Sex

Prosecutor Defends Child Pornography Charge While Admitting It Is Unjust and Inappropriate

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The New York Times reports that Muskegon County, Michigan, Prosecutor Tony Tague is ready to cut a deal with Evan Emory, the 21-year-old prankster he charged with producing child pornography based on a video edited to make it seem like Emory performed a sexually explicit song for a classroom full of first-graders. Tague's willingness to drop the charge, which carries a maximum penalty of 20 years in prison, is not surprising, since it made no sense in the first place—not just as a matter of justice but as a matter of law. The statute that Tague accused Emory of violating makes it a felony to produce "child sexually abusive material," defined as "any depiction…which is of a child or appears to include a child engaging in a listed sexual act" (emphasis added). A "listed sexual act" is defined as "sexual intercourse, erotic fondling, sadomasochistic abuse, masturbation, passive sexual involvement, sexual excitement, or erotic nudity." So even if Emory had actually sung his dirty ditty to a bunch of 6-year-olds, he would not be guilty of this crime.

Carissa B. Hessick, an Arizona State law professor specializing in child pornography, is too kind when she wonders, in an interview with the Times about Emory's case, "whether they've overcharged him." It looks like Tague brought a legally bogus charge simply to appease angry parents and impress upon Emory the insensivity of his ill-considered prank by threatening to ruin his life with two decades in prison followed by 25 years as a registered sex offender. Having abused the law in this way, Tague acts as if deciding to follow the statute is a magnanimous act of mercy:

Mr. Tague defends his original charge but says he wants to resolve the case in a way "that will send a message that this is wrong but will not ruin the young man's life."

One path under discussion, Mr. Nolan [Emory's lawyer] said, would be for Mr. Emory to plead to a lesser charge, receiving some jail time, probation and community service. He would not have to register as a sex offender. But any deal would need approval from a judge. A hearing is set for next Monday.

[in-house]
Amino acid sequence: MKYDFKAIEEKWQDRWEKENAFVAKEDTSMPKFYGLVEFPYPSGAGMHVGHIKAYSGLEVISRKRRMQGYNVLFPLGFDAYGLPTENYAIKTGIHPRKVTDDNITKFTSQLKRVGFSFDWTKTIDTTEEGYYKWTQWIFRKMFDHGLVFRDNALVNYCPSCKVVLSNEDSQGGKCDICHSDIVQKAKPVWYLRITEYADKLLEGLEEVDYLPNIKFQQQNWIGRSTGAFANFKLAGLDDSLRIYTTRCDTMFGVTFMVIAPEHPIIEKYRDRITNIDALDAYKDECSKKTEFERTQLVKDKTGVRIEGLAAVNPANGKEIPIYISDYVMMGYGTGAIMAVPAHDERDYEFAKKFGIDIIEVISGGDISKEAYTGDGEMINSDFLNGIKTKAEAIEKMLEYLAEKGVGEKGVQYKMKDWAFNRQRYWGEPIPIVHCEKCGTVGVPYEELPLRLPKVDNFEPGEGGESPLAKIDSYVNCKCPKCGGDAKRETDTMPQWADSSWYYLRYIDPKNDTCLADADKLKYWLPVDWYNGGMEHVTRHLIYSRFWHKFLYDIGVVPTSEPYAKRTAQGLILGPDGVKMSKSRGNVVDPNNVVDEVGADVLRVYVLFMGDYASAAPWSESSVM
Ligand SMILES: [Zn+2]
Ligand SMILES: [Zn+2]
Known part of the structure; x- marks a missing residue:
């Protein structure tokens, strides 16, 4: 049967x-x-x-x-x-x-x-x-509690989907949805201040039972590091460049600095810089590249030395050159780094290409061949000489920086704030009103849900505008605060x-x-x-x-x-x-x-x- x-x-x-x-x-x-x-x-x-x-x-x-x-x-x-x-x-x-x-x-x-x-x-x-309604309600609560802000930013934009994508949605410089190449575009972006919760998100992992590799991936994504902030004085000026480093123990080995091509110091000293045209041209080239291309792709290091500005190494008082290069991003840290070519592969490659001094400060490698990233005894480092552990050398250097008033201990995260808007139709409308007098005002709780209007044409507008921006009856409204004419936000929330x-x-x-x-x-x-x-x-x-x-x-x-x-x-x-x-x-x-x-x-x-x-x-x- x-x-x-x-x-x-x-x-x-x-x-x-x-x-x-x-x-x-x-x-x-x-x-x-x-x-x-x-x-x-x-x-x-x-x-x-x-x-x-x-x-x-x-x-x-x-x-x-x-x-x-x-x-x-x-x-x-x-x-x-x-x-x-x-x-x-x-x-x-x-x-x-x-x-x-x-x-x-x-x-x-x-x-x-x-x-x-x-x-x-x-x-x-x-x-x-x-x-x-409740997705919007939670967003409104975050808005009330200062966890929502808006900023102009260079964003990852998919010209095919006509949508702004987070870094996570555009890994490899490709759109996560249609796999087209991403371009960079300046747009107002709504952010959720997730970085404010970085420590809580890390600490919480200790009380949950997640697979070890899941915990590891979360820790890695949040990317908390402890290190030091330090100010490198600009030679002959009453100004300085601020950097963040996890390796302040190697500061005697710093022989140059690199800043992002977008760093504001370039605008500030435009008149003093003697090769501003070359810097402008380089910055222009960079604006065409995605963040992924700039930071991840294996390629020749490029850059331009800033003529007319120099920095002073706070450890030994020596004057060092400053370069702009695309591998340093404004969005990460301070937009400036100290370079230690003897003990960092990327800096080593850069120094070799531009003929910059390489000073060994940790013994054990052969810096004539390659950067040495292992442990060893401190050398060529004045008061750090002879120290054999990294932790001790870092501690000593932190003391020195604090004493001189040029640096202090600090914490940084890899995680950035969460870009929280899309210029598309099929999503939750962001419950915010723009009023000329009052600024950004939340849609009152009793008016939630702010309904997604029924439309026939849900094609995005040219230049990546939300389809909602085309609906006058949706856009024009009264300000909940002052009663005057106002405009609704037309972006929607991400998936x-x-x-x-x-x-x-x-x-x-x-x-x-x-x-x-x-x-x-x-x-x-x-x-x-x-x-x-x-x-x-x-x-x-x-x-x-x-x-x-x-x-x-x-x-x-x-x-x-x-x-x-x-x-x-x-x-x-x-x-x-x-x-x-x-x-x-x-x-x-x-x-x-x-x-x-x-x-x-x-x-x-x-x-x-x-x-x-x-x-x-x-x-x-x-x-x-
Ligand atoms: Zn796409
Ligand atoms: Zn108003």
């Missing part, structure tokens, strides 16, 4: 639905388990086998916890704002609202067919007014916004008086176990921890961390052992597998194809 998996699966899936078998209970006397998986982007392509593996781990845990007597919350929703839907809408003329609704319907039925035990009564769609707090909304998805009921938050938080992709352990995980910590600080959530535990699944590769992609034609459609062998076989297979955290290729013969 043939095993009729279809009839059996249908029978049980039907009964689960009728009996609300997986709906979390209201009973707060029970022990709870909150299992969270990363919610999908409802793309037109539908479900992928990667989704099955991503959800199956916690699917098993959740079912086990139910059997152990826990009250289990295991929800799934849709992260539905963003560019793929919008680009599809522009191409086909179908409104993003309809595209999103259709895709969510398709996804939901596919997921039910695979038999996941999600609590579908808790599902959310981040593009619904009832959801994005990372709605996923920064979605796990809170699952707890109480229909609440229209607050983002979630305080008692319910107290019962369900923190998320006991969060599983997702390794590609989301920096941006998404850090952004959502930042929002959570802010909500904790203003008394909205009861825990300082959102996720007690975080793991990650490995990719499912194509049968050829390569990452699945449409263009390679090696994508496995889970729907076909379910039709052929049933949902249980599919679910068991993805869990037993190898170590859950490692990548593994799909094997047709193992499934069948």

Meanwhile, a father of one of the first-graders who appeared in Emory's video tells the Times:

Does 20 years fit the crime? No….Would I care if he got 20 years? No.

Even coming from an understandably angry parent, this attitude does not make much sense: If you consider a punishment unjust, doesn't that mean it troubles you, by definition? But as a public official charged with enforcing the law, Tague is not supposed to act on emotion, whether his or anyone else's. He is supposed to follow the law and pursue justice, which he clearly failed to do in this case.

Radley Balko noted Emory's legal troubles last month.

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  1. “”Does 20 years fit the crime? No….Would I care if he got 20 years? No.””

    This sums up the problem with the citizenry and overzelous LEOs and Prosecutors.

    1. Those are the parents that will be on the jury. Therefore his comments and opinions do matter to a degree.

  2. “Does 20 years fit the crime? No….Would I care if he got 20 years? No.”

    I feel sorry for the little kid, having to go through life with a raging, infected asshole like that for a dad.

    1. 10 bucks says he’ll never figure out why Jr. has the dull, tired look of apathy when he’s scolding him for abusing small animals.